If all oxygen in atmosphere is converted to CO2, would the atmosphere be at higher pressure? What pr
Submitted : 20180614 05:47:35 Popularity:
Tags: converted atmosphere oxygen pressure higher
Yes. Why? You would basically be adding carbon from the ground to the air if this were to happen. C+O2=CO2.
The amount of O2 in the air is about 20%
Yes. Why? You would basically be adding carbon from the ground to the air if this were to happen. C+O2=CO2.
The amount of O2 in the air is about 20% by volume, or about 23% of the mass of the air (O2 is a little more dense than N2 so the mass percent of O2 in air is higher than its volume percent). We can call this about 0.3 kg per cubic meter at ground surface (air has a density of about 1.3 kg per cubic meter at ground surface, depending on temperature mostly). Converting all that O2 to CO2 (adding C from the ground) would create a mass of 44/32 * 0.3 kg in that cubic meter of air, or roughly 0.4 kg of CO2 after the change (increase of about 35%).
Of course, there is a change in volume when you add mass, but conversion of O2 to CO2 has only a small effect on total volume (CO2 is about 30% more dense than O2, so mass is added without much changing volume). The net effect is that the cubic meter of air that we started with would now have pretty close to all of that added carbon in the same volume of air. The 1.25 kg of air at the start would now be about 1.35 kg of air in the same cubic meter, or let's round it off to an increase in 10% by mass.
Pressure is basically the total weight of all the air above, and that would increase by about 10%, so the pressure would as well. Naturally, increasing the pressure would affect the density we used to come to this, so the net effect would be a little less.
This is all backoftheenvelope calculation so only order of magnitude estimate. Somewhere about midway between 5 and 10 % would be what would happen. Gets a bit complicated if you take pressure change effects on density into account and the effects of temperature change due to increase in pressure (adiabatic compression), both of which I completely ignored.
Assuming no carbon was added to the atmosphere, the overall pressure would not change at all.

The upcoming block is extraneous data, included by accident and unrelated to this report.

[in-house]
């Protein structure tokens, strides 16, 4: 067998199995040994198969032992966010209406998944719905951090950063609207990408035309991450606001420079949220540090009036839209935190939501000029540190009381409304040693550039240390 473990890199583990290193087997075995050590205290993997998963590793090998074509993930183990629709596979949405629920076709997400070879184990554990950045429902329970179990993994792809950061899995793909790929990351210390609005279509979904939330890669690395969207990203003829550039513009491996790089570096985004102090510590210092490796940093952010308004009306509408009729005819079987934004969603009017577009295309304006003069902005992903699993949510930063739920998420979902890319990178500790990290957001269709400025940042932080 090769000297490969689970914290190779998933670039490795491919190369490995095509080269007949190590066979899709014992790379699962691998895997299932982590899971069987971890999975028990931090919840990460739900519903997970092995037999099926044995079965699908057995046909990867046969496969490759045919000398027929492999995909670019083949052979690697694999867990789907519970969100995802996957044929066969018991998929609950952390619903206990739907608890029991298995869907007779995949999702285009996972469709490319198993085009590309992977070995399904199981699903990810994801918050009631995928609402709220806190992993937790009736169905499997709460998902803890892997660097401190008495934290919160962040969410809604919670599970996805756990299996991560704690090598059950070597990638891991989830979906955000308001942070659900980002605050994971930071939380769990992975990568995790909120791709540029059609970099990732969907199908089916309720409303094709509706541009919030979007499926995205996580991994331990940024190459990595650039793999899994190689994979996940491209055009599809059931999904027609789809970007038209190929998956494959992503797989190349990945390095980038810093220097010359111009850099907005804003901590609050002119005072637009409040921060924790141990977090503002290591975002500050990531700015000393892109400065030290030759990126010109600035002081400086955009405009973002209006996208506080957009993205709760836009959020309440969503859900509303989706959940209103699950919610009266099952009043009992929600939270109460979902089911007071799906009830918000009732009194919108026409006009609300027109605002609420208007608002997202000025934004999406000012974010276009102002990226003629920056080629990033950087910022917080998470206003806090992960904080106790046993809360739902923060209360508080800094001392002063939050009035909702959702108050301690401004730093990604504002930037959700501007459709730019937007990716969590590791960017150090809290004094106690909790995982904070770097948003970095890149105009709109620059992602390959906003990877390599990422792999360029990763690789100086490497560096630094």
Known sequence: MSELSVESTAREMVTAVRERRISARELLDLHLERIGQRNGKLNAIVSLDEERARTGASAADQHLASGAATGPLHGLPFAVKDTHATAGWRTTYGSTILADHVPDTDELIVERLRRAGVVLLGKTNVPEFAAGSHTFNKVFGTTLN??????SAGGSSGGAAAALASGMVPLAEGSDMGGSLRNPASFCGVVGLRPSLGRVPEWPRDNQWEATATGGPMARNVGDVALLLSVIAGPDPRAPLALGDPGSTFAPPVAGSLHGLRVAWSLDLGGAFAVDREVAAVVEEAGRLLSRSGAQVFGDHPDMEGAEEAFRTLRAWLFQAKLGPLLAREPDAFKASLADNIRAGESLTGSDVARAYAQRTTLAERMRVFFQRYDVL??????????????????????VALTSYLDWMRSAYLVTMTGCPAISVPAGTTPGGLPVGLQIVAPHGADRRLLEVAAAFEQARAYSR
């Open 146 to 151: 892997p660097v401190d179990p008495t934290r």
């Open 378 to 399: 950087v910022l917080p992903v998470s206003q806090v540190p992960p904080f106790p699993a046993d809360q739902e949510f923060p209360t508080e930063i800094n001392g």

If carbon was added, the total mass of the atmosphere would increase, thus increasing the pressure at ground level.
Rule of thumb:
There is approx 4 molecules of N₂ for 1 of O₂ (the distribution is given in volume, not in mass. And under the same pressure, volume is proportional to the number of molecules)
So, 5 moles of air are, roughly, 4 of N₂ and 1 of O₂. That is 4*(28)+32 grams per 5 moles = 144 grams per 5 moles (the "per 5 moles" part is useless as long as the second part of the calculation is done with the same unit. So, no need to divide by 5, or multiply by the total number of moles)
If instead we had 4 N₂ and 1 CO₂, that would be 4*28+44=156 instead of 144.
So the increase of mass would be by the ratio 156/144.
Increase of the pressure would be in the same proportion.
So 108 kPa instead of 100 kPa
Or, 16 PSI instead of 15
So, yes, the pressure would be higher; Not very significantly higher though. You experience more variation of pressure than that without knowing it.
108kPa has already been recorded multiple time by meteorological stations (and also 870 kPa near typhoons)
And it is even worse if you fly or climb a mountain. For example Ecuador's capital, Quito, has a pressure more than 30% less than average. So the 8% of variation are not a lot.
If all O₂ were replaced by CO₂, I would worry far more about how I can breathe than about the slightly highest pressure.
But all that being said, yes, pressure depends on the composition of the atmosphere. If you replace some gas of the atmosphere by heavier gas, the pressure increases, indeed.
The beauty of CO2 is 2 oxygen. :) More air! LMAO
You bet yah. CO2 atomic weight is heavier than O2 because of the carbon atom, so the density factor becomes greater causing more atmospheric pressure assuming space was made up of another element than CO2 lets say hydrogen. Then the atmospheric pressure would be about three times higher than O2 and CO2 mixtures, assuming if we humans could breathe it.


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